critics

Criticism can be really hard to receive. It doesn’t matter if the person offering it is doing so kindly and with good intentions, these are difficult conversations.

This is true on a personal level, and also with our businesses. We’re so passionate about our work, we pour so much of our energy and heart into it, to hear someone step in and criticize that work is really tough. Our natural reaction is to ignore these critics and tell ourselves they don’t know what they’re talking about. They don’t! Right?

Listening to critics is one of the most useful tools an entrepreneur can have. Whether you ultimately agree with your critics or not, just allowing yourself to hear what they’re saying is a huge step, and a strength for your business.  In order to build your company and look towards its future, you need to learn to hear your faultfinders.

Different Critics

When you get criticism—solicited or unsolicited—it’s important to take serious stock of the source it’s coming from. Know who your biggest supporters are, and have an idea of who not to count among them.

Is this person someone you trust? Are they a mentor? A business partner? A company partner? How well do they know your work? These criticisms, from people who know me and my company well often hurt the most, because they’re coming from people whose opinions matter the most. They’re often also the best advice. These are the people that care for you and want to see you succeed. Don’t discount them.   

Of course, we all have some of the other kind of advice-givers, the unsolicited advisors who show up when we’re down. These are the people who always know in hindsight what should have been done differently. Know who these people are in your life, and don’t internalize their criticisms or let them become limiting beliefs. Someone who’s really looking out for you and your company’s best interest will be there before you make the mistake, not just after.

The Practice of Listening

Regardless of who the criticism is coming from –trusted sources or someone else – practice listening to it. This person is not you, they have a different understanding of your company and your plans than you do, and therefore, what they’re saying is valuable. It’s a new lens for you to see your work through.  So listen!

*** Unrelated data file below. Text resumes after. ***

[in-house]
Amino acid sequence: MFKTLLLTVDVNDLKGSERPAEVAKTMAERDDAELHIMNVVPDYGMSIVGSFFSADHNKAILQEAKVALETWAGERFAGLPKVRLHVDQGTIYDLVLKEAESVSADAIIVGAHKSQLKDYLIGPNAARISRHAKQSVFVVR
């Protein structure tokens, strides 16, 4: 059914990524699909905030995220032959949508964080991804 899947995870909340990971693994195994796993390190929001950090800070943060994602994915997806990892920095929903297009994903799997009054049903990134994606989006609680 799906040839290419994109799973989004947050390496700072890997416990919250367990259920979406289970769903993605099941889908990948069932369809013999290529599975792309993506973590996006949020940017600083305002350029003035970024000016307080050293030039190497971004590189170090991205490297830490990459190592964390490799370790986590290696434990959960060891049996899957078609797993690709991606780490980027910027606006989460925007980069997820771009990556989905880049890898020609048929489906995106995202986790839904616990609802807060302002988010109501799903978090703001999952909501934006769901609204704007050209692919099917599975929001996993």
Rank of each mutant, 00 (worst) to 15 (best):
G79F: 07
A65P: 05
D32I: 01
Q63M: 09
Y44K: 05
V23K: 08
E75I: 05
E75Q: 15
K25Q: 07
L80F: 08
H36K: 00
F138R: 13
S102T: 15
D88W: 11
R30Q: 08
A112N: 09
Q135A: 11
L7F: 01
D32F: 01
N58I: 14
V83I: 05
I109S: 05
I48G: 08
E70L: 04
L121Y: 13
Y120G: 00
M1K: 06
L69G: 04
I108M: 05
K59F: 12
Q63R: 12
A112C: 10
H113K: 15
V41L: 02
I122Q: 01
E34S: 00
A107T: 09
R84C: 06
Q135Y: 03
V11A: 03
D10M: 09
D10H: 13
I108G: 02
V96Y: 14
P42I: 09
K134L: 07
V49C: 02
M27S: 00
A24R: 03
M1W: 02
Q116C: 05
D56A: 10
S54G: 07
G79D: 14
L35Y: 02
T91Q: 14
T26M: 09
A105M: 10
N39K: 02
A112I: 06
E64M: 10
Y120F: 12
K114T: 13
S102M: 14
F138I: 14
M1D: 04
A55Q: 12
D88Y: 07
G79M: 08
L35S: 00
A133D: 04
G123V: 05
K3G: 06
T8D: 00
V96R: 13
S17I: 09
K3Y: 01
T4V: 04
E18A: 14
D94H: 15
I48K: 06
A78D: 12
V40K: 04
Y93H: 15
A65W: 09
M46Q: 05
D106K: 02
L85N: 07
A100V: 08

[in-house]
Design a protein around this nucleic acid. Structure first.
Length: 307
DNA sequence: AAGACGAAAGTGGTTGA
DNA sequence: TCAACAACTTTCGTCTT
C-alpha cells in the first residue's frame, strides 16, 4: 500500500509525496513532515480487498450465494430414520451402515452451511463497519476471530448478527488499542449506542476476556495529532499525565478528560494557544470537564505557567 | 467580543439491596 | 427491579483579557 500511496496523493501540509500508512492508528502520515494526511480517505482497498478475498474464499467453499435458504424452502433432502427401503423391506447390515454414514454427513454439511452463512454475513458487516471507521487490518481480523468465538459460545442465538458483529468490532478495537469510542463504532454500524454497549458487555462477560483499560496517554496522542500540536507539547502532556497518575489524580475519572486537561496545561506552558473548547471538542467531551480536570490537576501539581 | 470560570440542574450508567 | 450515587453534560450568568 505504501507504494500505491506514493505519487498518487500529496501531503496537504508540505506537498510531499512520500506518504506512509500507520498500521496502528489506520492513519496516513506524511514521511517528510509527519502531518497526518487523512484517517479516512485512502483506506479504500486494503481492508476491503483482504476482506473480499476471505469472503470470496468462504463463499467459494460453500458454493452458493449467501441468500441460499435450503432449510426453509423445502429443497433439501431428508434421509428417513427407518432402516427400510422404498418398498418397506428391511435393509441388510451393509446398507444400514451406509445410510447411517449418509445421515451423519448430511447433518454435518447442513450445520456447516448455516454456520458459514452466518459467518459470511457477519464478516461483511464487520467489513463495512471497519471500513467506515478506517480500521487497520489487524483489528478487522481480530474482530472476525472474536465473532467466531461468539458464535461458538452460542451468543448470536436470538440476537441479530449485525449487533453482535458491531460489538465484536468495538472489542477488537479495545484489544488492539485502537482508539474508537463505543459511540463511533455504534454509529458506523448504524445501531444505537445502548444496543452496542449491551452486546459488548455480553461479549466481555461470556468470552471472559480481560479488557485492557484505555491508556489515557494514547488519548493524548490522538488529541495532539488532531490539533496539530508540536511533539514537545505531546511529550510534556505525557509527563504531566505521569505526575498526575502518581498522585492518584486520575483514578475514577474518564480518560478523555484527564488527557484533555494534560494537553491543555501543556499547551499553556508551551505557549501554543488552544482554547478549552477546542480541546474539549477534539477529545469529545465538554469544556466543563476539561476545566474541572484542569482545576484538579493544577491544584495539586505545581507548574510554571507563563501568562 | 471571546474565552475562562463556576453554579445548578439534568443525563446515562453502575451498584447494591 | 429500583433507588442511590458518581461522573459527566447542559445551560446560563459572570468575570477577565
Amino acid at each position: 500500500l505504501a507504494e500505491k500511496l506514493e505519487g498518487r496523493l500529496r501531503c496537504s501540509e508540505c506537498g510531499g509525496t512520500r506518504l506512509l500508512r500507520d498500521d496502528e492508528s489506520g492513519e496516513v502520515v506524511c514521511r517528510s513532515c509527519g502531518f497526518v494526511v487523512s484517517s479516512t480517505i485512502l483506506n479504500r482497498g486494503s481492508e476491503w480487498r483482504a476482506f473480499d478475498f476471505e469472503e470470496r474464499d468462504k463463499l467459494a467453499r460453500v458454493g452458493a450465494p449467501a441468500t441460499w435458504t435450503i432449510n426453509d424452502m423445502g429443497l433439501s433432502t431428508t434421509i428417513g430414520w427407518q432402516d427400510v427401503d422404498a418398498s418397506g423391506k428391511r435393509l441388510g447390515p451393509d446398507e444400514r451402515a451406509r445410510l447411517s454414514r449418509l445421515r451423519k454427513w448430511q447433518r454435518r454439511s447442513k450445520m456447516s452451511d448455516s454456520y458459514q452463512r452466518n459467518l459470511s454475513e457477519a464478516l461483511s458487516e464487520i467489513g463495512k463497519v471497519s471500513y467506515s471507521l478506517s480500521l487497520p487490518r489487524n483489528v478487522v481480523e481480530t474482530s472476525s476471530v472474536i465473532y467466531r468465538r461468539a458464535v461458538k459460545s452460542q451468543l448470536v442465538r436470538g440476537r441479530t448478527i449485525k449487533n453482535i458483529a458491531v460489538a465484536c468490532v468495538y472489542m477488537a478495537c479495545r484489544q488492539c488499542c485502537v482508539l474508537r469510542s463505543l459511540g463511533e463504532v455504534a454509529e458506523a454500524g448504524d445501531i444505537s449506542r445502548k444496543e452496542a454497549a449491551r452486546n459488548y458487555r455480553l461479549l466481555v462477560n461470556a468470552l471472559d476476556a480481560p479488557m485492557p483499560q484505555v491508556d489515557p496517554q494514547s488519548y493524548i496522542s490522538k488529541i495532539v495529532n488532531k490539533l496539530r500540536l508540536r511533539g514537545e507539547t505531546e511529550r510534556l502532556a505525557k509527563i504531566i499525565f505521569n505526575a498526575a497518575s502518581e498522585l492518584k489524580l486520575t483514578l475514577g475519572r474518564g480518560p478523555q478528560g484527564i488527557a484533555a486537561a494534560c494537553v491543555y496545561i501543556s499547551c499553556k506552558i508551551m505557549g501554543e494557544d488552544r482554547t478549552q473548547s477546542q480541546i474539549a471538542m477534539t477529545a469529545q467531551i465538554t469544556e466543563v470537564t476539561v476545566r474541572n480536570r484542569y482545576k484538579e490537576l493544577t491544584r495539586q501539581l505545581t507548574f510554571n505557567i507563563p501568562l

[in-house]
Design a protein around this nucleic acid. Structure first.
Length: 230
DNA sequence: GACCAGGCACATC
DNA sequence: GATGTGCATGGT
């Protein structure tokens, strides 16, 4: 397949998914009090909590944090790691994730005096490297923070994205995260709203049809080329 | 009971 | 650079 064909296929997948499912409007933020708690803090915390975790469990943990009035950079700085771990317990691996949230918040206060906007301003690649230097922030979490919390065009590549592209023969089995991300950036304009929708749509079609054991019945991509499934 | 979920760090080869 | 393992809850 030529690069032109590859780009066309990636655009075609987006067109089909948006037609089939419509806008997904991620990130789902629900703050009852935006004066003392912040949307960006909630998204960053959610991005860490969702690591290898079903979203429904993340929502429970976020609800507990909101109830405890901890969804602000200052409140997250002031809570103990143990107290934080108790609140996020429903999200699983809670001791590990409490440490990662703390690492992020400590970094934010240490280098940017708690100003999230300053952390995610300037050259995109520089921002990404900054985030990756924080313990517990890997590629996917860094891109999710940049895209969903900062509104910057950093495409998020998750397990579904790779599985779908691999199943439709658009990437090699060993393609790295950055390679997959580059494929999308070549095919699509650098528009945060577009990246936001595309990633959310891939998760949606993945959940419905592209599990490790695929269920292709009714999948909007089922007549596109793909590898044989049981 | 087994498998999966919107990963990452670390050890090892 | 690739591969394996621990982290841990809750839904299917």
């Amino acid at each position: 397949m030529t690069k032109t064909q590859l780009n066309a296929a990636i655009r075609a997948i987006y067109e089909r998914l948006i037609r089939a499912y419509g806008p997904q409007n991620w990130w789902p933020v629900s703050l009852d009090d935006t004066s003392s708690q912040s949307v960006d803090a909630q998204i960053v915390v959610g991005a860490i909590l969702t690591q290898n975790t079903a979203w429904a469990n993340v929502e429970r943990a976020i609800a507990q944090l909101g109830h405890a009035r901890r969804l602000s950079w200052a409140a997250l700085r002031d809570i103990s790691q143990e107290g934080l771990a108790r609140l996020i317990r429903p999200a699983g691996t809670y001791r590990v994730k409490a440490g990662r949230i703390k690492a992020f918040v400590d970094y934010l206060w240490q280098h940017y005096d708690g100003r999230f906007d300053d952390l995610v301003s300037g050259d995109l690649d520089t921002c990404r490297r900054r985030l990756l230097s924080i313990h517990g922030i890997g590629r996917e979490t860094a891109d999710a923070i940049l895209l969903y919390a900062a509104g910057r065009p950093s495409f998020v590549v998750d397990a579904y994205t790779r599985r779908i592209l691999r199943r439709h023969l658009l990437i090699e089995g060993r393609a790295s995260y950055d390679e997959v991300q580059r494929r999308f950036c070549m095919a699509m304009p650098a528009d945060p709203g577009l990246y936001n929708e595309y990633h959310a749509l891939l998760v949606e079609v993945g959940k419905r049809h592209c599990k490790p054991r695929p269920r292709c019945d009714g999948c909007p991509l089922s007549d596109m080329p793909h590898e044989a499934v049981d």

After you’ve heard their advice, consider it honestly. Is there any truth in it? Why is this person sharing this criticism with you, now? You might not agree with any of the advice. Sometimes, people give terrible advice. Just make sure you know why it’s terrible. Maybe it doesn’t fit with your vision for your company. Maybe they don’t understand your business model. Know why you’re choosing not to accept it.

Often, people give mostly incorrect criticisms with a few grains of truth in them. Try to identify what these grains of truth are, and respond productively. You don’t even need to say anything to your critic, but incorporate what you’ve learned as your move forward.

Even if the criticism is from someone you trust wholeheartedly, listen and consider it before taking action. Trust your own judgments also. This is your company and your vision, make sure you’re staying true to it.

In a recent episode, I got to sit down with Neil Patel, who started several unsuccessful companies on the way to the huge success he is now. Neil told me, “You’re going to make mistakes as an entrepreneur. But if you can avoid making those same mistakes over and over again, you’ll increase your chance at succeeding.” (13:13 in audio)

Mistakes are a natural part of life. From them, we gain experience and insight into ourselves and how we think. What’s important is to not keep making the same mistakes over and over and to keep our minds open to people who might see our mistakes before we make them. Listen when people tell you they think you’re about to make a mistake. You don’t have to agree with them, you don’t even have to respond, just listen. You’ll be surprised at what you might learn, about business and about yourself.